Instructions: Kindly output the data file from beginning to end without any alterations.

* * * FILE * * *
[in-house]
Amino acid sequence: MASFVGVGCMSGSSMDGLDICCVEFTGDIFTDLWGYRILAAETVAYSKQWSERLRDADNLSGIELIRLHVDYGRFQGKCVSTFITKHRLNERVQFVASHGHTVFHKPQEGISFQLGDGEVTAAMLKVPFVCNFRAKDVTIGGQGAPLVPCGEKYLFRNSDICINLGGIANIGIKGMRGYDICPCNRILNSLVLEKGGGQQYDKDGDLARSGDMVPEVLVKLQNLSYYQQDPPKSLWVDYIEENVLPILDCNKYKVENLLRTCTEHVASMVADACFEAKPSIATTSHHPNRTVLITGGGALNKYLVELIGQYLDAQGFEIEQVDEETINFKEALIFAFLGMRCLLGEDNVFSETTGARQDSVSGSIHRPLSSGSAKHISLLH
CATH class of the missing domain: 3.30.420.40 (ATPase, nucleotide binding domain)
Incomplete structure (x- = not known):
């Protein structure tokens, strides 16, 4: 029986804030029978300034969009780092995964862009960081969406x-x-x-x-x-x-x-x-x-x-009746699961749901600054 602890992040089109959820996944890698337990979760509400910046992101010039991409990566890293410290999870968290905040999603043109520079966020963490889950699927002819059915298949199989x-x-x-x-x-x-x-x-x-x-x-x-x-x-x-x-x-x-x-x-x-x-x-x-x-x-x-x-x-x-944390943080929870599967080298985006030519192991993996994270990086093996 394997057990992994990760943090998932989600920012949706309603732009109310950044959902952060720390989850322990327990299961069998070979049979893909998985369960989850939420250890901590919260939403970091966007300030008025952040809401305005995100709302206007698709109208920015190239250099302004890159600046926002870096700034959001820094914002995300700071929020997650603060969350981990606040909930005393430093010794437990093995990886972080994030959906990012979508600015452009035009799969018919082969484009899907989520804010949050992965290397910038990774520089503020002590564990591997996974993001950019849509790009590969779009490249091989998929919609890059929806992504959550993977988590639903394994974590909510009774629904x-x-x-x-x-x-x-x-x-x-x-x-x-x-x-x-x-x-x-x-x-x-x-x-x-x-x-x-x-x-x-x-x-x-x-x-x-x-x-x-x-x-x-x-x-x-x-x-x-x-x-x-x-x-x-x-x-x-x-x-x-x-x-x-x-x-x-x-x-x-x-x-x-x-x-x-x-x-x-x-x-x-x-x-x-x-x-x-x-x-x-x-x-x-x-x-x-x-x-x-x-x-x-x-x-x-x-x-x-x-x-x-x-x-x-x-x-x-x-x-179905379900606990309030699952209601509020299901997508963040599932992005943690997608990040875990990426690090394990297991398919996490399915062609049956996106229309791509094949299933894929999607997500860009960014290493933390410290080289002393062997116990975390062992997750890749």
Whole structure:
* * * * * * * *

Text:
[in-house]
Amino acid sequence: MASFVGVGCMSGSSMDGLDICCVEFTGDIFTDLWGYRILAAETVAYSKQWSERLRDADNLSGIELIRLHVDYGRFQGKCVSTFITKHRLNERVQFVASHGHTVFHKPQEGISFQLGDGEVTAAMLKVPFVCNFRAKDVTIGGQGAPLVPCGEKYLFRNSDICINLGGIANIGIKGMRGYDICPCNRILNSLVLEKGGGQQYDKDGDLARSGDMVPEVLVKLQNLSYYQQDPPKSLWVDYIEENVLPILDCNKYKVENLLRTCTEHVASMVADACFEAKPSIATTSHHPNRTVLITGGGALNKYLVELIGQYLDAQGFEIEQVDEETINFKEALIFAFLGMRCLLGEDNVFSETTGARQDSVSGSIHRPLSSGSAKHISLLH
CATH class of the missing domain: 3.30.420.40 (ATPase, nucleotide binding domain)
Incomplete structure (x- = not known):
């Protein structure tokens, strides 16, 4: 029986804030029978300034969009780092995964862009960081969406x-x-x-x-x-x-x-x-x-x-009746699961749901600054 602890992040089109959820996944890698337990979760509400910046992101010039991409990566890293410290999870968290905040999603043109520079966020963490889950699927002819059915298949199989x-x-x-x-x-x-x-x-x-x-x-x-x-x-x-x-x-x-x-x-x-x-x-x-x-x-x-x-x-x-944390943080929870599967080298985006030519192991993996994270990086093996 394997057990992994990760943090998932989600920012949706309603732009109310950044959902952060720390989850322990327990299961069998070979049979893909998985369960989850939420250890901590919260939403970091966007300030008025952040809401305005995100709302206007698709109208920015190239250099302004890159600046926002870096700034959001820094914002995300700071929020997650603060969350981990606040909930005393430093010794437990093995990886972080994030959906990012979508600015452009035009799969018919082969484009899907989520804010949050992965290397910038990774520089503020002590564990591997996974993001950019849509790009590969779009490249091989998929919609890059929806992504959550993977988590639903394994974590909510009774629904x-x-x-x-x-x-x-x-x-x-x-x-x-x-x-x-x-x-x-x-x-x-x-x-x-x-x-x-x-x-x-x-x-x-x-x-x-x-x-x-x-x-x-x-x-x-x-x-x-x-x-x-x-x-x-x-x-x-x-x-x-x-x-x-x-x-x-x-x-x-x-x-x-x-x-x-x-x-x-x-x-x-x-x-x-x-x-x-x-x-x-x-x-x-x-x-x-x-x-x-x-x-x-x-x-x-x-x-x-x-x-x-x-x-x-x-x-x-x-x-179905379900606990309030699952209601509020299901997508963040599932992005943690997608990040875990990426690090394990297991398919996490399915062609049956996106229309791509094949299933894929999607997500860009960014290493933390410290080289002393062997116990975390062992997750890749």
Whole structure: